If the Republicans take full control next year, things will get worse. Actually, they’re gonna get worse either way. But if the Republicans are in charge they’ll get all the blame.

The question is, when the Democrats get another chance, will they choke again?

This entry was posted in 2012 Elections, Affordable Care Act, Barack Obama, Democratic Party, Politics, Republican Party, Ronald Reagan and tagged , . Bookmark the permalink.

45 Responses to Prognosticatin’

  1. votermom says:

    I really like that pic of Christine O’Donnell. 😈

    I am kinda worried that a President Romney would not allow a repeal Obamacare. He seems to be just as tight with the Health & Pharma lobbies as Obama.

    • DeniseVB says:

      Good point. Sigh. I hate good points these days 😦

    • Karma says:

      That’s my problem with Mittens as well. I want to take out Obama and Obamacare. There’s no way health care is fixed with that horror show in the way.

      And is it just me or does Obamacare treat women as separate and not equal? Separate exchanges over private healthcare issues. Yeah..yeah…abortion….but there’s something else wrong with that solution. The feminist groups should sue over Obamacare if they had any principles left.

  2. 1539days says:

    Remember the Tea Partiers with signs that said “Government hands off my Medicare?”

    No I don’t. Do you have a pic of one of those signs?

  3. gxm17 says:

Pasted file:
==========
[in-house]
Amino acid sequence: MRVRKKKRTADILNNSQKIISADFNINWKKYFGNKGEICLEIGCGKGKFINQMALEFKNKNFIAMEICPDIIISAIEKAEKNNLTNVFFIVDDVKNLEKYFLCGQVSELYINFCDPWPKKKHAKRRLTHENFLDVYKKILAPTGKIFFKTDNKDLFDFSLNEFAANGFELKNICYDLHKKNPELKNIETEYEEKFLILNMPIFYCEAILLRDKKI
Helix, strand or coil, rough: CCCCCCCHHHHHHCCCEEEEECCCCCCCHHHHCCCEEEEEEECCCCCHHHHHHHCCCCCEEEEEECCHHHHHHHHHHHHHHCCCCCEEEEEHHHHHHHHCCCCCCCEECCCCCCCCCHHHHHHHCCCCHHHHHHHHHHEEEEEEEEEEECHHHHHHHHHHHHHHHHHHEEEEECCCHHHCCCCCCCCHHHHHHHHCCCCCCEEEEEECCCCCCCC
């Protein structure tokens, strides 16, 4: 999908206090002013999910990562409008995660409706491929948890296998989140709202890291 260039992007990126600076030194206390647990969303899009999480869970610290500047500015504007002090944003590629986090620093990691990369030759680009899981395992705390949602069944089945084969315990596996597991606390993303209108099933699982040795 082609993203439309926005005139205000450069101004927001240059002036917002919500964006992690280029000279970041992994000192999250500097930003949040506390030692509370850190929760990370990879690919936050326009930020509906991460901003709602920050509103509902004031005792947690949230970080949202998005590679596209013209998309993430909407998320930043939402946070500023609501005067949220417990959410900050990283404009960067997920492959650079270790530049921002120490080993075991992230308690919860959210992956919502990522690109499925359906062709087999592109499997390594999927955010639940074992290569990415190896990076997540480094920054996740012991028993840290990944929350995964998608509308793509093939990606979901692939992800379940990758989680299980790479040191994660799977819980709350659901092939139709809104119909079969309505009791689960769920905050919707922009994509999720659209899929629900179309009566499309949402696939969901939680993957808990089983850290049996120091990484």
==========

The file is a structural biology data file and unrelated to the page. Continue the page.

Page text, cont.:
I won’t have a horse in the 2012 race but I’m hoping the Republicans win only so that maybe, just maybe, in 2016 We The People will have a candidate that has our back. Yeah. I know it’s nothing more than a pipe dream. But if Obama wins, we’re totally screwed for the next 8, possibly 12, years. If Newt or Mitt win, we may only have another 4 years of craptocracy.

    • jjmtacoma says:

      Only works if there are serious shakeups in the democratic party leadership structure and teebee pontificators.

      If the economy continues to stall – maybe liberals will have a chance but mostly likely the anemic recovery will be complete in 4 years time and whoever sits in the oval office will take credit for that improvement.

      Neither the republicans or democrats deserves to hold any power at all, they do nothing to help Americans that aren’t already rich.

  4. yttik says:

    “Gingrich is more likely to win the nomination, but Romney is more likely to beat Obama.”

    That’s what I thought, but now I’m not so sure. Newt certainly would inspire some Dems to get out of bed and vote against him. Disgruntled Obots would be disgruntled no more. However, Obama only won because conservatives stayed home. The choice between McCain or Obama left them simply not caring. Conservatives won’t be staying home if Newt is the nominee, they’ll rally around him with enthusiasm. On the other hand, Romney creates such a luke warm feeling among conservatives, you’d have to weigh that against their fear of a second Obama term. Romney is like Obama-lite on the conservative side. After four years of Obama, more conservatives are going to turn out this time, but if the nominee is Romney, I’m not sure if there will be enough enthusiasm to tip the election.

    Also, Mittens is kind of petulant and pouty. I’m not sure how he’d hold up in the hot seat.

    • myiq2xu says:

      I don’t care who the GOPers nominate, the rank and file won’t stay home next November.

      Romney stands a better chance with the indies and won’t scare the disaffected Dems as much.

      Gingrinch can beat Obama too, it’s just that Romney has a better chance.

      Things could change. There is many a slip twixt the cup and the lip.

      • 1539days says:

        If you look at 2010, I think it’s possible that Romney supporters will be the ones to stay home if he loses the nomination.

        • myiq2xu says:

          That would start a civil war among the GOPers.